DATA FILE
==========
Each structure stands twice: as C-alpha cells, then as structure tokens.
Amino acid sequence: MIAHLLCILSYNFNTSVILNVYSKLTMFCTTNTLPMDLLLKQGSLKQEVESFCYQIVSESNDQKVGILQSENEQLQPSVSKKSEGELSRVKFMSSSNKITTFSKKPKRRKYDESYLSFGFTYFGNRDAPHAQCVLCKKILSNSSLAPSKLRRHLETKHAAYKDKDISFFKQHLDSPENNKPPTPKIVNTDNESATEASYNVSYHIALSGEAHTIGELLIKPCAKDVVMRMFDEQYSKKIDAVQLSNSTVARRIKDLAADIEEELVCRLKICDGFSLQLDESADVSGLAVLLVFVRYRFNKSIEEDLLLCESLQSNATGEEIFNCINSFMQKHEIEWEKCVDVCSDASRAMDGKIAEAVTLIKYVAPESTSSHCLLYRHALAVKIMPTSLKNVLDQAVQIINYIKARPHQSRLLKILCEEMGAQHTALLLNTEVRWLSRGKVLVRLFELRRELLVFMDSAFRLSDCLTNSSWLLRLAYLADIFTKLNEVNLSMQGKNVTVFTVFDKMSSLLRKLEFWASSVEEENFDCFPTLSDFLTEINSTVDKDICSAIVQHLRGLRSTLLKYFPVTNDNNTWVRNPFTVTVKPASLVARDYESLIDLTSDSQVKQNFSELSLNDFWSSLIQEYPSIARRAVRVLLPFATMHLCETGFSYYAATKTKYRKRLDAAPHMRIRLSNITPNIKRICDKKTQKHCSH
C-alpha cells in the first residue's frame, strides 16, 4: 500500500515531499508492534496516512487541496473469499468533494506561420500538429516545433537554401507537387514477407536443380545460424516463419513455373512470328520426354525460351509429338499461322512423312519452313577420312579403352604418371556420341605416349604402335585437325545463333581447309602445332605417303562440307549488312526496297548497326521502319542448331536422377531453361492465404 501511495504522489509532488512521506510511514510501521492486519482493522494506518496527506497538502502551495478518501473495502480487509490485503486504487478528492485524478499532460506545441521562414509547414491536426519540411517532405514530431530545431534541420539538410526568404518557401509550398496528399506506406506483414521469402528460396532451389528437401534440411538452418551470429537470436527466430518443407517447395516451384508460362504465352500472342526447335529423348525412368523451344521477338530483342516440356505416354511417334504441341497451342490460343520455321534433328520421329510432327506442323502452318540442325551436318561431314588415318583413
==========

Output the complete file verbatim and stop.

Each structure stands twice: as C-alpha cells, then as structure tokens.
Amino acid sequence: MIAHLLCILSYNFNTSVILNVYSKLTMFCTTNTLPMDLLLKQGSLKQEVESFCYQIVSESNDQKVGILQSENEQLQPSVSKKSEGELSRVKFMSSSNKITTFSKKPKRRKYDESYLSFGFTYFGNRDAPHAQCVLCKKILSNSSLAPSKLRRHLETKHAAYKDKDISFFKQHLDSPENNKPPTPKIVNTDNESATEASYNVSYHIALSGEAHTIGELLIKPCAKDVVMRMFDEQYSKKIDAVQLSNSTVARRIKDLAADIEEELVCRLKICDGFSLQLDESADVSGLAVLLVFVRYRFNKSIEEDLLLCESLQSNATGEEIFNCINSFMQKHEIEWEKCVDVCSDASRAMDGKIAEAVTLIKYVAPESTSSHCLLYRHALAVKIMPTSLKNVLDQAVQIINYIKARPHQSRLLKILCEEMGAQHTALLLNTEVRWLSRGKVLVRLFELRRELLVFMDSAFRLSDCLTNSSWLLRLAYLADIFTKLNEVNLSMQGKNVTVFTVFDKMSSLLRKLEFWASSVEEENFDCFPTLSDFLTEINSTVDKDICSAIVQHLRGLRSTLLKYFPVTNDNNTWVRNPFTVTVKPASLVARDYESLIDLTSDSQVKQNFSELSLNDFWSSLIQEYPSIARRAVRVLLPFATMHLCETGFSYYAATKTKYRKRLDAAPHMRIRLSNITPNIKRICDKKTQKHCSH
C-alpha cells in the first residue's frame, strides 16, 4: 500500500515531499508492534496516512487541496473469499468533494506561420500538429516545433537554401507537387514477407536443380545460424516463419513455373512470328520426354525460351509429338499461322512423312519452313577420312579403352604418371556420341605416349604402335585437325545463333581447309602445332605417303562440307549488312526496297548497326521502319542448331536422377531453361492465404 501511495504522489509532488512521506510511514510501521492486519482493522494506518496527506497538502502551495478518501473495502480487509490485503486504487478528492485524478499532460506545441521562414509547414491536426519540411517532405514530431530545431534541420539538410526568404518557401509550398496528399506506406506483414521469402528460396532451389528437401534440411538452418551470429537470436527466430518443407517447395516451384508460362504465352500472342526447335529423348525412368523451344521477338530483342516440356505416354511417334504441341497451342490460343520455321534433328520421329510432327506442323502452318540442325551436318561431314588415318583413